Actionnaires et Investisseurs
- L'action Getlink
- Résultats et rapports financiers
- Actionnaires individuels
- Détenteurs de dette
- Rapports financiers annuels
- Rapports financiers semestriels
- Informations financières trimestrielles
- Rapports sur le gouvernement d'entreprise
- Information relative au nombre total de droits de vote et d'actions composant le capital social
- Communiqués précisant les modalités de mise à disposition du Document de Référence
- Descriptif des programmes de rachat d'actions
- Déclarations hebdomadaires des transactions sur actions propres
- Communiqués identifiés comme Informations privilégiées
- Green Bonds Getlink SE
- Communiqués de presse
- Information relative aux honoraires des Commissaires aux Comptes
- Assemblée Générale 2022
- Archives AG Getlink
- Archives GET SA
- Archives TNU
- Le Groupe
Increased access charge proposals “disappointing” says GB Railfreight (version anglaise)
GB Railfreight, one of Britain’s leading rail freight companies, has expressed “deep disappointment” at plans to increase charges for operators to access the rail network.
Responding to an announcement from the Office of Rail Regulation (ORR) that it intends to increase the variable usage charge and introduce a new charge for the haulage of coal, iron ore and spent nuclear fuel, GBRf managing director John Smith said:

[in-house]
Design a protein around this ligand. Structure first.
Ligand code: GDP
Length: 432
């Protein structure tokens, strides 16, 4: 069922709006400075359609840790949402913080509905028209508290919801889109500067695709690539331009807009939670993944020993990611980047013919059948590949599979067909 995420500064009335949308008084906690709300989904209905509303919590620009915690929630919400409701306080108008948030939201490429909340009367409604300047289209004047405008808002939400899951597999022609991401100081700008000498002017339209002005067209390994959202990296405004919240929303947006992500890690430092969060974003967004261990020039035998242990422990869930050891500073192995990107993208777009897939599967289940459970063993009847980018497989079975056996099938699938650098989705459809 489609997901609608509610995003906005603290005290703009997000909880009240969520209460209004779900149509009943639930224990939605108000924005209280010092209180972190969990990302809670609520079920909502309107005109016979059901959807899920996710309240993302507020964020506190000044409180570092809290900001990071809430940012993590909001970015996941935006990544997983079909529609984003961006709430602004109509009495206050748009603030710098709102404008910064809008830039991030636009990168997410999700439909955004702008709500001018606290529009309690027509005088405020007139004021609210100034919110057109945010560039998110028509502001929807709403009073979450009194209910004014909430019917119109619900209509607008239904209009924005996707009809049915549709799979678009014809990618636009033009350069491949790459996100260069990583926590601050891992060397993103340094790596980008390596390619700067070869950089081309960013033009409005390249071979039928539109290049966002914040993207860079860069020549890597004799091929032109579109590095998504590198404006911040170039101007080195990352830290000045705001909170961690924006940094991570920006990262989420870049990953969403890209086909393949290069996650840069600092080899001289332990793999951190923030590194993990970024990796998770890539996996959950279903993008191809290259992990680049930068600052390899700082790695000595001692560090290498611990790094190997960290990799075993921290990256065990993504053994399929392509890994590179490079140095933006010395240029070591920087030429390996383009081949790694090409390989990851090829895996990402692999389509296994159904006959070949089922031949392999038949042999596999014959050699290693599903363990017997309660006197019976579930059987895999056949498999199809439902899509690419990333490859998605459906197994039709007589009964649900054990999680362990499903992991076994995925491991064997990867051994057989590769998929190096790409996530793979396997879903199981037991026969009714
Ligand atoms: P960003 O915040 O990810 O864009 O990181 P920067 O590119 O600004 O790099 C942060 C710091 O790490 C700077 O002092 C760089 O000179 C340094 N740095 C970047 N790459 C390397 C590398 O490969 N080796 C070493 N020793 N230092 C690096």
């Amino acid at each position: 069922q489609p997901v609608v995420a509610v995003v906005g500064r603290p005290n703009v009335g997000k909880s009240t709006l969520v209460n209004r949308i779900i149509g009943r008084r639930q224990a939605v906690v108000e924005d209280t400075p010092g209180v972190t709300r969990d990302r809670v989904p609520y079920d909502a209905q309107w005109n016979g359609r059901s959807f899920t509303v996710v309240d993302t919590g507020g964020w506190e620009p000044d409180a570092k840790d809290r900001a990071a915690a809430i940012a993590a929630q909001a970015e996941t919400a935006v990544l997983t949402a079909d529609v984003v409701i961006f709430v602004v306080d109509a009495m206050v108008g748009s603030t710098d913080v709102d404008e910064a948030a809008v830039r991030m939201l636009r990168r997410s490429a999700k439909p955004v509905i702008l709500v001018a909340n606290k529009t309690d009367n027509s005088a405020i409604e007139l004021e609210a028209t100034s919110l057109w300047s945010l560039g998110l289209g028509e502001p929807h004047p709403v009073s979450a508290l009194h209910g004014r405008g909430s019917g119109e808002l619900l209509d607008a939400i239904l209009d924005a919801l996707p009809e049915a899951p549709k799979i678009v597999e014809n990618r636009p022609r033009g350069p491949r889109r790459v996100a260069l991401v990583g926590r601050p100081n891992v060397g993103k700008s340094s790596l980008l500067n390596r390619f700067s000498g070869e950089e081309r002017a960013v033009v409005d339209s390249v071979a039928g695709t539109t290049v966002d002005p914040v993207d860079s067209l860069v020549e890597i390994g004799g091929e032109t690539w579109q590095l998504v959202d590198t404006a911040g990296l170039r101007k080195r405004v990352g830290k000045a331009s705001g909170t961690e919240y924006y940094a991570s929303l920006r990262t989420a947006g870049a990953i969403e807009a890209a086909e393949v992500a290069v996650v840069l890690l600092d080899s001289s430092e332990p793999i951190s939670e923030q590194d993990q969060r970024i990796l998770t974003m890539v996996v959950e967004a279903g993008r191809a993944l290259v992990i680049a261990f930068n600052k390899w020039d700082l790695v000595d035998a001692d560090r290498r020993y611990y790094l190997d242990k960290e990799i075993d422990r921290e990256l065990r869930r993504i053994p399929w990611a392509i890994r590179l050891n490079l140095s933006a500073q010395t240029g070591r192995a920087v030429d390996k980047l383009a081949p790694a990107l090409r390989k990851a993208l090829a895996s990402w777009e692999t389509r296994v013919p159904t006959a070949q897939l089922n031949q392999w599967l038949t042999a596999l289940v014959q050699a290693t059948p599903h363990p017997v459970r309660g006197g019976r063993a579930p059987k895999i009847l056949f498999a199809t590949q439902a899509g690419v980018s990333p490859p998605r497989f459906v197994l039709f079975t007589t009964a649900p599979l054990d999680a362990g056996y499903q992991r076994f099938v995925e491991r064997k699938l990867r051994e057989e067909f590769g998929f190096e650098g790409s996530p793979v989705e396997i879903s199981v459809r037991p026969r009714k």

“The rail freight industry has been a major success story since privatisation in the mid-1990s. In that time growth in tonne kilometres carried on the network has gone up by almost 50 per cent, with half the number of locomotives and two thirds of the wagons used at the time of privatisation.
“With further growth of 4 per cent each year for the next 15 years predicted, we need to ensure that the industry’s competitiveness is maintained.
“However, these deeply disappointing plans could threaten this competitiveness and counter the ORR’s duty to promote the use and growth of freight on rail.”
Mr Smith added that GBRF would now study in detail ORR’s decision before making any further comment. However, he pledged that the company would do everything in its power to protect its customers and called for further investment.
Since privatisation, £1.5bn has been invested in rail freight by the private sector, helping to significantly reduce the number of lorry journeys on Britain’s roads and allowing the Government to meet CO2 targets. HGVs are responsible for 20 per cent of carbon dioxide emissions from domestic transport, whilst rail produces 70 per cent less carbon dioxide than road per tonne carried for the equivalent journey.
Rail freight’s ability to continue this level of investment is not only an essential part of the government’s environmental strategy but also critical to Network Rail.
The infrastructure owner - the largest procurer of rail freight in the country - relies heavily on a healthy and profitable rail freight sector to service the maintenance of its network.